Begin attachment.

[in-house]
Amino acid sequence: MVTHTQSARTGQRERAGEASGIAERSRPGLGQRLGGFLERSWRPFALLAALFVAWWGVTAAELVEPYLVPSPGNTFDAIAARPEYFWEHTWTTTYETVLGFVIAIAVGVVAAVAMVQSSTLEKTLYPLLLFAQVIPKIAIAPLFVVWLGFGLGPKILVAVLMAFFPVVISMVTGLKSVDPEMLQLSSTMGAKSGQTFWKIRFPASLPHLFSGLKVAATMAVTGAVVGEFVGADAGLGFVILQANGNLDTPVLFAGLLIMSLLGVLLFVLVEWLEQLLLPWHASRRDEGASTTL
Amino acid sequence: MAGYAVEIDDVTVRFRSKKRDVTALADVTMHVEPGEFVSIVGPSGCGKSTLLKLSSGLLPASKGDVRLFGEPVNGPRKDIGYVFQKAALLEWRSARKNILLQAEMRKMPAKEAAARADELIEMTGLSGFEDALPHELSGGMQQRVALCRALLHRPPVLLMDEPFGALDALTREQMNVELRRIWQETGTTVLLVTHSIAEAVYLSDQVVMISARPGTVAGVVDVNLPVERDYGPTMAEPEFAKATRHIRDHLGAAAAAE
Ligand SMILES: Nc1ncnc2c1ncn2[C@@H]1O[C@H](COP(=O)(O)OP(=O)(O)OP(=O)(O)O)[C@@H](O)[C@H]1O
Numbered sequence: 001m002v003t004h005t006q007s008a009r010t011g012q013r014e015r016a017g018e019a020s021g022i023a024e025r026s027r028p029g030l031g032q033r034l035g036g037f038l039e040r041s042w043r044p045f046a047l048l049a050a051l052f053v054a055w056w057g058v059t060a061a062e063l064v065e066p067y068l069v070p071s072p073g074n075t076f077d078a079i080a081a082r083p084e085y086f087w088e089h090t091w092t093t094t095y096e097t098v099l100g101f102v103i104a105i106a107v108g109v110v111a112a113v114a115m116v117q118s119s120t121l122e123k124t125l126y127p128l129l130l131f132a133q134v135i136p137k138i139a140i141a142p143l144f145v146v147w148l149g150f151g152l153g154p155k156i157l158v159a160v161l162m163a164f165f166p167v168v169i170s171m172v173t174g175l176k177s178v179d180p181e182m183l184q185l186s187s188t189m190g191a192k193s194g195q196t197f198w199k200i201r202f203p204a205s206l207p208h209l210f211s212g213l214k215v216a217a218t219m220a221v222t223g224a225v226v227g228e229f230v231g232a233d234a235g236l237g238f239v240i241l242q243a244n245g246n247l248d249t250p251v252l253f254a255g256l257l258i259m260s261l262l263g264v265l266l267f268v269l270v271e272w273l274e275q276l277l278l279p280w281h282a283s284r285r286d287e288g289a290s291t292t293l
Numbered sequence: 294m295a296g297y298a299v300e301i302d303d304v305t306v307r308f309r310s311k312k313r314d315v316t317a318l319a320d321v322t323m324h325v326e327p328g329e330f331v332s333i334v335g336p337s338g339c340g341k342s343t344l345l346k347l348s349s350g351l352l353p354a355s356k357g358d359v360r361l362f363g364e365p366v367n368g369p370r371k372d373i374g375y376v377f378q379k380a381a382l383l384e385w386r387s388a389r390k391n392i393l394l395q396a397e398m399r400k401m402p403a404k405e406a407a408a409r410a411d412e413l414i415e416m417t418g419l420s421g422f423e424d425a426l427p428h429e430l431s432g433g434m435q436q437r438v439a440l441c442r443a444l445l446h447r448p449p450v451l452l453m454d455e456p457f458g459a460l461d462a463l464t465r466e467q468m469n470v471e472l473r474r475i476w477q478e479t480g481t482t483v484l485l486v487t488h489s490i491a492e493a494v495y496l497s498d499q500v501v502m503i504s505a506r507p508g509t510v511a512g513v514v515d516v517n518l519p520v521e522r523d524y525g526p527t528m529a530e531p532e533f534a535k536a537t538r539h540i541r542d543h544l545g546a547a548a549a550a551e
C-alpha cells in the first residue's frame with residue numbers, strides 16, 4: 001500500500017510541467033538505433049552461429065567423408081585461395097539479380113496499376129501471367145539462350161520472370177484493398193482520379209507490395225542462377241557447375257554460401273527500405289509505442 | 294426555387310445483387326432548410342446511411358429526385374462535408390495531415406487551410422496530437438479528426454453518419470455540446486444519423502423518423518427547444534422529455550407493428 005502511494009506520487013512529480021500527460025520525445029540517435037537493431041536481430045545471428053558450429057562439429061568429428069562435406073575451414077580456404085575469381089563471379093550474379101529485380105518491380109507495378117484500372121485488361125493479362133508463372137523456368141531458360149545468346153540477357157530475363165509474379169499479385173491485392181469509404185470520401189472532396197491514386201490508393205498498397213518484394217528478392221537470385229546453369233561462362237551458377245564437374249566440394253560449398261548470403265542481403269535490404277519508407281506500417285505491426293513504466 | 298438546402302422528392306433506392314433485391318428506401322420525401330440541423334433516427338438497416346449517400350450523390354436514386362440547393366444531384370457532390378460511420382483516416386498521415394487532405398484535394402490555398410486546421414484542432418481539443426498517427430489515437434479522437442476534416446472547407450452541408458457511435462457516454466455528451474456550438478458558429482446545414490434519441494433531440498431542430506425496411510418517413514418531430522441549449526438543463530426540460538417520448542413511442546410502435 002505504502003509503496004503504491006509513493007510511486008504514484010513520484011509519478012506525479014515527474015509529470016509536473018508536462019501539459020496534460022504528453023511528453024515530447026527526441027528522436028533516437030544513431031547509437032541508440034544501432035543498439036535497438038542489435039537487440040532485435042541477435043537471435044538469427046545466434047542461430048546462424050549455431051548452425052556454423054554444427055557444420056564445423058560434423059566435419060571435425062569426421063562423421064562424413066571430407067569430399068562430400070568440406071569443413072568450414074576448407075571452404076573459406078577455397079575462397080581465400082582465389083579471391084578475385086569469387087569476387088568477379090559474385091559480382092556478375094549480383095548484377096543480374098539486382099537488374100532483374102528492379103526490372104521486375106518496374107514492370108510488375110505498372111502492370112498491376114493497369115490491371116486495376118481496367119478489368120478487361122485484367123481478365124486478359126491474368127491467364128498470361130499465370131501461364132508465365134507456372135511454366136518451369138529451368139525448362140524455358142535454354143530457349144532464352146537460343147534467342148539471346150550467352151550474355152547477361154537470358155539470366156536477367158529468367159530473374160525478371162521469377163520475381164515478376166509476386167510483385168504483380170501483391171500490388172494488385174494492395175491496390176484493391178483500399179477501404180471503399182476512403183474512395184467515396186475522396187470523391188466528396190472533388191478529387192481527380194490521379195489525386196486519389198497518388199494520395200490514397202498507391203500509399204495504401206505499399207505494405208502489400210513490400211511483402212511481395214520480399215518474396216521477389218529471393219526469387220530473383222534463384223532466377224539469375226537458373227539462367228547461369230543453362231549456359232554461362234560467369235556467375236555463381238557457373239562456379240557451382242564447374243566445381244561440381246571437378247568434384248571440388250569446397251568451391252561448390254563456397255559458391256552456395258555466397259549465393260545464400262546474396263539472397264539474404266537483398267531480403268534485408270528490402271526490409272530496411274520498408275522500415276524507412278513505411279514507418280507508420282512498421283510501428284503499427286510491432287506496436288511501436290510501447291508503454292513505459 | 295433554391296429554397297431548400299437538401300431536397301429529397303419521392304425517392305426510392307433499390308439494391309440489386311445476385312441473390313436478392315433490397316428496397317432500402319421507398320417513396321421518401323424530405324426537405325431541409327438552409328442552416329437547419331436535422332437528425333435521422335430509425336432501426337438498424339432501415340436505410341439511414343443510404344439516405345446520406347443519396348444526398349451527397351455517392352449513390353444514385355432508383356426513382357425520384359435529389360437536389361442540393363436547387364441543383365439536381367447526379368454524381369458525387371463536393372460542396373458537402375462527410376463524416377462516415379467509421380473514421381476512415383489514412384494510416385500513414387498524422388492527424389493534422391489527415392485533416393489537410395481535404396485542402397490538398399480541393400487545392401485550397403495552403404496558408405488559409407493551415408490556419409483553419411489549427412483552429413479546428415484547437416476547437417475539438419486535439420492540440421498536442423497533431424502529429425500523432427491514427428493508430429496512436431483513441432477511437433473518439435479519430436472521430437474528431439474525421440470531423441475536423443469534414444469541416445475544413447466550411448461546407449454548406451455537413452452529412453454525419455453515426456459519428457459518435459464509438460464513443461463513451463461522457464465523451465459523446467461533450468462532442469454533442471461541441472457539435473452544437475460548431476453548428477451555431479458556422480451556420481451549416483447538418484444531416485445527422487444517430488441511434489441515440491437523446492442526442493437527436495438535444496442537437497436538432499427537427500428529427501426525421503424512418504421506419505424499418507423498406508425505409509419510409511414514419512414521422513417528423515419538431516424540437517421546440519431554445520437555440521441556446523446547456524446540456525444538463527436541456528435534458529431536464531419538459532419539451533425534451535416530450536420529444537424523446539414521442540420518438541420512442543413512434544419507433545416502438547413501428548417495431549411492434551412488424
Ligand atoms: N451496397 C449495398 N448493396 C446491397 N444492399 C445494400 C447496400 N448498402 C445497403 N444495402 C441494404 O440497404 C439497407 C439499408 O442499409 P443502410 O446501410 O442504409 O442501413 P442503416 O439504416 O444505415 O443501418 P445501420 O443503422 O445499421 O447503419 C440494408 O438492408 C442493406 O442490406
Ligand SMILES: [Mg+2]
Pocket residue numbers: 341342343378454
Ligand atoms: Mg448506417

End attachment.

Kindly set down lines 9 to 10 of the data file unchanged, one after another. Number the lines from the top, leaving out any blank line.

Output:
Ligand SMILES: [Mg+2]
Pocket residue numbers: 341342343378454